I fought the spruce, and the spruce won: In the cripplebush on the SW side of Iroquois Peak

A follow up to this post. I got on the road real early, picked up Ongyel in South Burlington, and drove over to Adirondack Loj. I had never been there despite having spent some time in the High Peaks because they charge $9/day for the privilege of parking.

We followed the trail to the summit of Algonquin which is the 2nd highest mountain in New York, it is really quite straightforward from the Loj, the distance isn't too great even though it is a long steady climb. As we started out a ADK Club staffer warned us of 6-8 feet of snow on the south face of the mountain and mentioned "spruce traps" as a hazard.

Starting out, it was a great day and there was still lots of snow cover at the higher elevations, but it was very warm and the wind wasn't too strong until we got to the summit. When we reached the summit it was still early so we ate lunch and discussed what to do next. The idea of doing the big descent off Algonquin and then going up and over Colden seemed kind of daunting so I suggested that we head over to Iroquois instead.

Jeff and Ongyel, heading off the summit of Agonquin, before our travails began...

Iroquois from Algonquin, it's only a mile from summit to summit. How hard could it be?

Ongyel in a spruce trap. This was when this was still amusing, and we still were carrying cameras.

There is no official trail from Algonquin to Iroquois -- just a herd path. The snow was very deep and covered the scraggly but thickly growing evergreens that eke out a meager living near the summits of the High Peaks. A "spruce trap" is when the branches of the evergreens create air pockets in the snow.... so that when someone attempts to walk over the area, the snow suddenly collapses. In deep snow, this can be like falling into hole that is 3, 4, or even 5 feet deep.

We made it over to the summit of Iroquois without too much trouble and it was a cool journey to a quite remote place, the evergreens weren't too thick, and we were able to navigate through the spruce traps; and when we did get into trouble it was more amusing than anything else.

Once at the summit of Iroquois, however, I had the brilliant idea of heading down the mountain off of the faint herd path into Cold Brook Pass. The distance isn't too great, there were visible cairns marking the supposed route, and it was a warm sunny day... what could happen?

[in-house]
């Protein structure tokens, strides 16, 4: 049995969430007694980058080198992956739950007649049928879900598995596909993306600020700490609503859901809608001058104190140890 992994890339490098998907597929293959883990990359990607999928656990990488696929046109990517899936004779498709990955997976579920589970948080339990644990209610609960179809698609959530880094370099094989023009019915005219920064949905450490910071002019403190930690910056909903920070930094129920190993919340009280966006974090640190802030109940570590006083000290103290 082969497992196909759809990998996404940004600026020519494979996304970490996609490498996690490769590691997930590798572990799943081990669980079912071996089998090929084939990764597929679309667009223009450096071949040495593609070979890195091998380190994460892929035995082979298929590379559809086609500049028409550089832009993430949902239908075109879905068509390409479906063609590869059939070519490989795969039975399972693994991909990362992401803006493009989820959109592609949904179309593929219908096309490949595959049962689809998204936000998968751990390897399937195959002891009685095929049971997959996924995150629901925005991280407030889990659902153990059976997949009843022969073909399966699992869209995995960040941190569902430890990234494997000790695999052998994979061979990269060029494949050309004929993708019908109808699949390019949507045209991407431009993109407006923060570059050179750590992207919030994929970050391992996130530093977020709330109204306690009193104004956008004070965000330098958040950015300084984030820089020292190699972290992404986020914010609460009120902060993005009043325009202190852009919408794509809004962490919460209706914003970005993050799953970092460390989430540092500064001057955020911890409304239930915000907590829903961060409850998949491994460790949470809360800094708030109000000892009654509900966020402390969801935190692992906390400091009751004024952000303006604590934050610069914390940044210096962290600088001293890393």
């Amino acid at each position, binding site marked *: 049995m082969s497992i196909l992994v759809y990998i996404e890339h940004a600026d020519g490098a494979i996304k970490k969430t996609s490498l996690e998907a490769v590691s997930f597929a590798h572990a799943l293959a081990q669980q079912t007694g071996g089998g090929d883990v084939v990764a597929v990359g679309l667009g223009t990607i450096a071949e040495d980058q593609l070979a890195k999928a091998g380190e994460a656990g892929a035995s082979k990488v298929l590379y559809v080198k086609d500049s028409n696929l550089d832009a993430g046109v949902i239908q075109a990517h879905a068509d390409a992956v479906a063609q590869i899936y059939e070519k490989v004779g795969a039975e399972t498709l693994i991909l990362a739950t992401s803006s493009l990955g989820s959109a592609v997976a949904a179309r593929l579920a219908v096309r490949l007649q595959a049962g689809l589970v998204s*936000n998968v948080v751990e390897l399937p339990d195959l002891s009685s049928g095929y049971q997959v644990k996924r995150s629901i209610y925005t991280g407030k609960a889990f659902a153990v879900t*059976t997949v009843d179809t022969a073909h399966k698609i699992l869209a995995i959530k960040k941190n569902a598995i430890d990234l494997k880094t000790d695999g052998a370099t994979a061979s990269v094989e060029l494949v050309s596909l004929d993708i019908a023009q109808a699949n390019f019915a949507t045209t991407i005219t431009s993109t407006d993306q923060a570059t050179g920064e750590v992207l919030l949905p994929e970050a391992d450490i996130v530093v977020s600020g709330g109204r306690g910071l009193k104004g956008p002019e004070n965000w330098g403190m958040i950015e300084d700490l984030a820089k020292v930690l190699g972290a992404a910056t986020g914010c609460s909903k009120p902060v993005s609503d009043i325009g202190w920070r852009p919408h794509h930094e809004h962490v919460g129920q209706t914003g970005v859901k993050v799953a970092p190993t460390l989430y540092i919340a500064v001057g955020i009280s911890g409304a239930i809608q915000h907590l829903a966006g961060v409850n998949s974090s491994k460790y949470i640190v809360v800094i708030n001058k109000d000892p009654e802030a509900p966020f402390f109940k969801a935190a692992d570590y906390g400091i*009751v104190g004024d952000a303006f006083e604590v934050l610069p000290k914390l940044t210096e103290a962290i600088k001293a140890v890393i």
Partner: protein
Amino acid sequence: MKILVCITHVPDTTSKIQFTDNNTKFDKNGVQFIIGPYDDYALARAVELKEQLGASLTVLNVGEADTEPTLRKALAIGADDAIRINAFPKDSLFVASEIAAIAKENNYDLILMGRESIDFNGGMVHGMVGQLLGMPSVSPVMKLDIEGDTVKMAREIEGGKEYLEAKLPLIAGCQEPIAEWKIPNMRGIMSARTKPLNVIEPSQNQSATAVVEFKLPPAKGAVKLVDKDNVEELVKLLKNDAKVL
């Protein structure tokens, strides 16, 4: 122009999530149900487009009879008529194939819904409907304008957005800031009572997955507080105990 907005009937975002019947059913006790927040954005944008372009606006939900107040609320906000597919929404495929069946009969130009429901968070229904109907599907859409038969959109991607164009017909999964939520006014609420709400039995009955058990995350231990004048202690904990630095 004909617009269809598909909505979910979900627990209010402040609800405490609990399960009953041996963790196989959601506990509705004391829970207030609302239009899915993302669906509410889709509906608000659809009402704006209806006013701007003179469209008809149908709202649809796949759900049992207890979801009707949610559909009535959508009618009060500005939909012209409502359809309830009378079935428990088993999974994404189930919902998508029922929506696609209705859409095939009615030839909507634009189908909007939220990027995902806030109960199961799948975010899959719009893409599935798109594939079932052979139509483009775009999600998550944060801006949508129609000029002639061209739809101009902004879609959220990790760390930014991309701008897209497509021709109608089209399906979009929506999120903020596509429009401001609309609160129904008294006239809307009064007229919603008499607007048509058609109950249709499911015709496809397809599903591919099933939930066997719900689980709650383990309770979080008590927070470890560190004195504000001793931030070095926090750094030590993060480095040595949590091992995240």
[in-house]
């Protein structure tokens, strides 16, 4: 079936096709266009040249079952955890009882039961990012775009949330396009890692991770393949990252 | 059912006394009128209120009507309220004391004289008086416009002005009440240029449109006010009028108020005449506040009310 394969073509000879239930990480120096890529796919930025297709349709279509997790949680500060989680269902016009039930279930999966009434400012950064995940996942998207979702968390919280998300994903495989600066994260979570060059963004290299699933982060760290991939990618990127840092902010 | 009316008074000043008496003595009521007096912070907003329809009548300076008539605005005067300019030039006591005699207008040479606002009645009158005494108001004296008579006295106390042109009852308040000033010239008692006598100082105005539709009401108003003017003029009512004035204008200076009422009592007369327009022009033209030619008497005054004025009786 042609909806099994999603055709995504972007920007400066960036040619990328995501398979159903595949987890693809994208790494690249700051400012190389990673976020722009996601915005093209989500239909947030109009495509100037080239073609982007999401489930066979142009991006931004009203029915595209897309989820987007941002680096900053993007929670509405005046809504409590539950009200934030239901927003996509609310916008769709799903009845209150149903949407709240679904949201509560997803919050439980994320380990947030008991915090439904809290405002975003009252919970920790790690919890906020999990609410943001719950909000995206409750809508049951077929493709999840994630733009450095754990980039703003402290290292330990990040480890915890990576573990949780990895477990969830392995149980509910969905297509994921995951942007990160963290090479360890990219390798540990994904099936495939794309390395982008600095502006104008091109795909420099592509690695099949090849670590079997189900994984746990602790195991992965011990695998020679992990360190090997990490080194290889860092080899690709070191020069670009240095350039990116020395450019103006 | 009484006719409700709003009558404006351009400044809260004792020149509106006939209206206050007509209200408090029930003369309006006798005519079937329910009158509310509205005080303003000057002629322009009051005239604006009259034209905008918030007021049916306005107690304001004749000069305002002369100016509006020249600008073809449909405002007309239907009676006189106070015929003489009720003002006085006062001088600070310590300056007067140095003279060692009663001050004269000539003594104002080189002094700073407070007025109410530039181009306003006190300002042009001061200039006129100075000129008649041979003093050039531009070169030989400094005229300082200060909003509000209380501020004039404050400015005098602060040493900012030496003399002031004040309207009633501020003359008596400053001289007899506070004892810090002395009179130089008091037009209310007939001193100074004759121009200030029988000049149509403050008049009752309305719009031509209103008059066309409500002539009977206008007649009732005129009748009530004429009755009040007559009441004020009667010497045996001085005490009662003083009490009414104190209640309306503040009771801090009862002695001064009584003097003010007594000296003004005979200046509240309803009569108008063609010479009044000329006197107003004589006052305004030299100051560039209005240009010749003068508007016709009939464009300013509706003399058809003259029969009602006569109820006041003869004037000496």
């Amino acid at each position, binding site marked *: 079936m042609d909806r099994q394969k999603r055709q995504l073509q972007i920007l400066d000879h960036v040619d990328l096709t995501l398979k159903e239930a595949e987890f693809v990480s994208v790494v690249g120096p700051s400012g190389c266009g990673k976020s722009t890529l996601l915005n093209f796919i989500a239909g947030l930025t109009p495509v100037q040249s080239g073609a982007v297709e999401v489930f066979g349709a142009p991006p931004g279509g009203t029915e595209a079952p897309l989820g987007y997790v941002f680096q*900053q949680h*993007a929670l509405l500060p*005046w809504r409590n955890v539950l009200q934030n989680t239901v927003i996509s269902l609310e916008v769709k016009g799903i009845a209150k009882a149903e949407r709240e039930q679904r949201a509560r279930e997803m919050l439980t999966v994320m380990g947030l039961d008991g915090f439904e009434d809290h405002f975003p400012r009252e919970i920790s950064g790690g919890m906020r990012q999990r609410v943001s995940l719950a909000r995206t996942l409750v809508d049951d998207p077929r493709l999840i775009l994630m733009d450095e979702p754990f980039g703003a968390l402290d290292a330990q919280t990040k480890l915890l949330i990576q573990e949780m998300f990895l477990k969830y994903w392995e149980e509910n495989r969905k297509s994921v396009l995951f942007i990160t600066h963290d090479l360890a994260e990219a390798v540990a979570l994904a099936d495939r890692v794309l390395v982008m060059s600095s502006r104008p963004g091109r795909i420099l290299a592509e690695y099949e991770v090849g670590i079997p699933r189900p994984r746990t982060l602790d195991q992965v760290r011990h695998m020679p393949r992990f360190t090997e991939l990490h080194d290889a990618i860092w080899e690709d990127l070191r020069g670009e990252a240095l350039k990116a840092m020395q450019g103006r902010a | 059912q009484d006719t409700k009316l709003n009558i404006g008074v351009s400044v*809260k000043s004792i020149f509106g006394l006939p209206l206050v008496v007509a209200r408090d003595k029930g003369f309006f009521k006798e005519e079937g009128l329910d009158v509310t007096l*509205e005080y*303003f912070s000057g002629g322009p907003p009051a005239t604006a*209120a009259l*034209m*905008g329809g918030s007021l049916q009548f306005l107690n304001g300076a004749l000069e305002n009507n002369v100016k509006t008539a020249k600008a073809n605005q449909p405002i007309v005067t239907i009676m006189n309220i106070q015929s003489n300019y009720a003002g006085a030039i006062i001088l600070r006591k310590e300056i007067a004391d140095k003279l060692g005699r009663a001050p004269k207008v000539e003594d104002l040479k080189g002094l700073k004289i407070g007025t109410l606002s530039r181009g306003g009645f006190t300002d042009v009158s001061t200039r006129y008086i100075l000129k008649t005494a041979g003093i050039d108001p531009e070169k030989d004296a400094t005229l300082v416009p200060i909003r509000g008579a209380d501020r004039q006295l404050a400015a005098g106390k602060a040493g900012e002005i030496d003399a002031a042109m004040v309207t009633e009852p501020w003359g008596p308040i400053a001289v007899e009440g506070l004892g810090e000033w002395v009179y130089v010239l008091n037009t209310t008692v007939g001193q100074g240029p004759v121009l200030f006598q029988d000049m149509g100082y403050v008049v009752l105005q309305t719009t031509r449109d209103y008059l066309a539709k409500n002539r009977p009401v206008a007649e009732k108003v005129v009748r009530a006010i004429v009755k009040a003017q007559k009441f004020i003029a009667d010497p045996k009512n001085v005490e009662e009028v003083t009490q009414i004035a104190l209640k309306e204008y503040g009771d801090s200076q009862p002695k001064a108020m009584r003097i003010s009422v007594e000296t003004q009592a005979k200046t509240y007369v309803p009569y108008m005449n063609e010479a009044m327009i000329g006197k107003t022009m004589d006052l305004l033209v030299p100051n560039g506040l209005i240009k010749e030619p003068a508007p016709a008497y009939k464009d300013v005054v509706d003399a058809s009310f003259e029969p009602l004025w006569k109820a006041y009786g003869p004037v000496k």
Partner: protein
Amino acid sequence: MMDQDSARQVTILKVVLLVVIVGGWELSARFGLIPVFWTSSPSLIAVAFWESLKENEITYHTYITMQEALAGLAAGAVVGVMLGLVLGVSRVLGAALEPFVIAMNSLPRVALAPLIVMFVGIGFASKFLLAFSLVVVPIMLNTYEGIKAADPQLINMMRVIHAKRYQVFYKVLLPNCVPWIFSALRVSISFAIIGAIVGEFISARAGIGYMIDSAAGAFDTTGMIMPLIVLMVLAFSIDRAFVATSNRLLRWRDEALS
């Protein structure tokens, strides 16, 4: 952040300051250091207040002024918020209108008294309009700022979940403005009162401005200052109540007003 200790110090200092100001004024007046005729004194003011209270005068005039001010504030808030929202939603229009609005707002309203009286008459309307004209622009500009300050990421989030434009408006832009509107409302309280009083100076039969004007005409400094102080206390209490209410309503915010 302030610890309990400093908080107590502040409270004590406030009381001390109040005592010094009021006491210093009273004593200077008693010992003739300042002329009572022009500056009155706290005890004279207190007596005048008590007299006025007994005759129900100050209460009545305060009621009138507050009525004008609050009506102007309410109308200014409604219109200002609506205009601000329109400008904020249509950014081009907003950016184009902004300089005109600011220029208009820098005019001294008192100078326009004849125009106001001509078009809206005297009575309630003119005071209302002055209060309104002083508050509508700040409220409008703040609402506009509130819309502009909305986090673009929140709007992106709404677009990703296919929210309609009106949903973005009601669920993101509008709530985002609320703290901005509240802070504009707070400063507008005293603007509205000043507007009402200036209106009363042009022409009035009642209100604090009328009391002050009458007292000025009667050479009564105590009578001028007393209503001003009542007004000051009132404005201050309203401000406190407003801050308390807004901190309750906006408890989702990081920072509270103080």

Anyway to make a long story short, this was an extremely unwise thing to do, once off the rocky summit thick cripplebush blocked all routes, and the snow was very deep. We fell repeatedly into deep spruce traps and were soon exhausted, wet and beat up from flailing around in the deep snow. Even though the distance to the bottom the pass was only a matter of a 1/4 mile or so, we were too exhausted and intimidated to continue downwards.

We eventually decided to retreat back the way we had come, which involved more flailing around in the deep snow but eventually made back, first the summit of Iroquois, and then up to Algonquin. It was odd to be starting back from the summit of Algonquin at 5:30 pm, wet and tired, knowing that it was all downhill but still a good distance back to the car.

It was a very long day but we eventually made it. This qualifies as one of the dumber things I have done in the outdoors in a while, but no real harm was done I guess. On the drive back Ongyel and I had a debate of the meaning of the word "lost" because technically I knew exactly where I was (and had map, compass, and GPS to prove it) but we were certainly caught in an impenetrable wasteland that we could not pass through.

A couple of GPS plots of the trip.

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